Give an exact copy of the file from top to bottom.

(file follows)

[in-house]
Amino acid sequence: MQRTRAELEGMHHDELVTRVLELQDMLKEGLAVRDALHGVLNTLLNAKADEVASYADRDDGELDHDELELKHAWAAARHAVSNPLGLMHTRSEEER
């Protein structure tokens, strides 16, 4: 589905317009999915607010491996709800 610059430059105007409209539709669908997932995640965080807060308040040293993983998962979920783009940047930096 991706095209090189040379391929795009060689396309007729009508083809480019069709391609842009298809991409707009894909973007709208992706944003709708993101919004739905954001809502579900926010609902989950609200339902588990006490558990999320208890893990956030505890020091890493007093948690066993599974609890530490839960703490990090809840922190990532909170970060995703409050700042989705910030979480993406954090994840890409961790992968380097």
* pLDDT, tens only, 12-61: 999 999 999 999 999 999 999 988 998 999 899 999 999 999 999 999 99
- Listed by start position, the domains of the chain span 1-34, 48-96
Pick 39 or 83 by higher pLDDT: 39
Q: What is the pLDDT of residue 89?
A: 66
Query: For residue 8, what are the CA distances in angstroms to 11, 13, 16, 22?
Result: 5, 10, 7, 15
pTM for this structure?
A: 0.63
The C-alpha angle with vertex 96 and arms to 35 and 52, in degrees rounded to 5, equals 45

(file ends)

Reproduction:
[in-house]
Amino acid sequence: MQRTRAELEGMHHDELVTRVLELQDMLKEGLAVRDALHGVLNTLLNAKADEVASYADRDDGELDHDELELKHAWAAARHAVSNPLGLMHTRSEEER
């Protein structure tokens, strides 16, 4: 589905317009999915607010491996709800 610059430059105007409209539709669908997932995640965080807060308040040293993983998962979920783009940047930096 991706095209090189040379391929795009060689396309007729009508083809480019069709391609842009298809991409707009894909973007709208992706944003709708993101919004739905954001809502579900926010609902989950609200339902588990006490558990999320208890893990956030505890020091890493007093948690066993599974609890530490839960703490990090809840922190990532909170970060995703409050700042989705910030979480993406954090994840890409961790992968380097």
* pLDDT, tens only, 12-61: 999 999 999 999 999 999 999 988 998 999 899 999 999 999 999 999 99
- Listed by start position, the domains of the chain span 1-34, 48-96
Pick 39 or 83 by higher pLDDT: 39
Q: What is the pLDDT of residue 89?
A: 66
Query: For residue 8, what are the CA distances in angstroms to 11, 13, 16, 22?
Result: 5, 10, 7, 15
pTM for this structure?
A: 0.63
The C-alpha angle with vertex 96 and arms to 35 and 52, in degrees rounded to 5, equals 45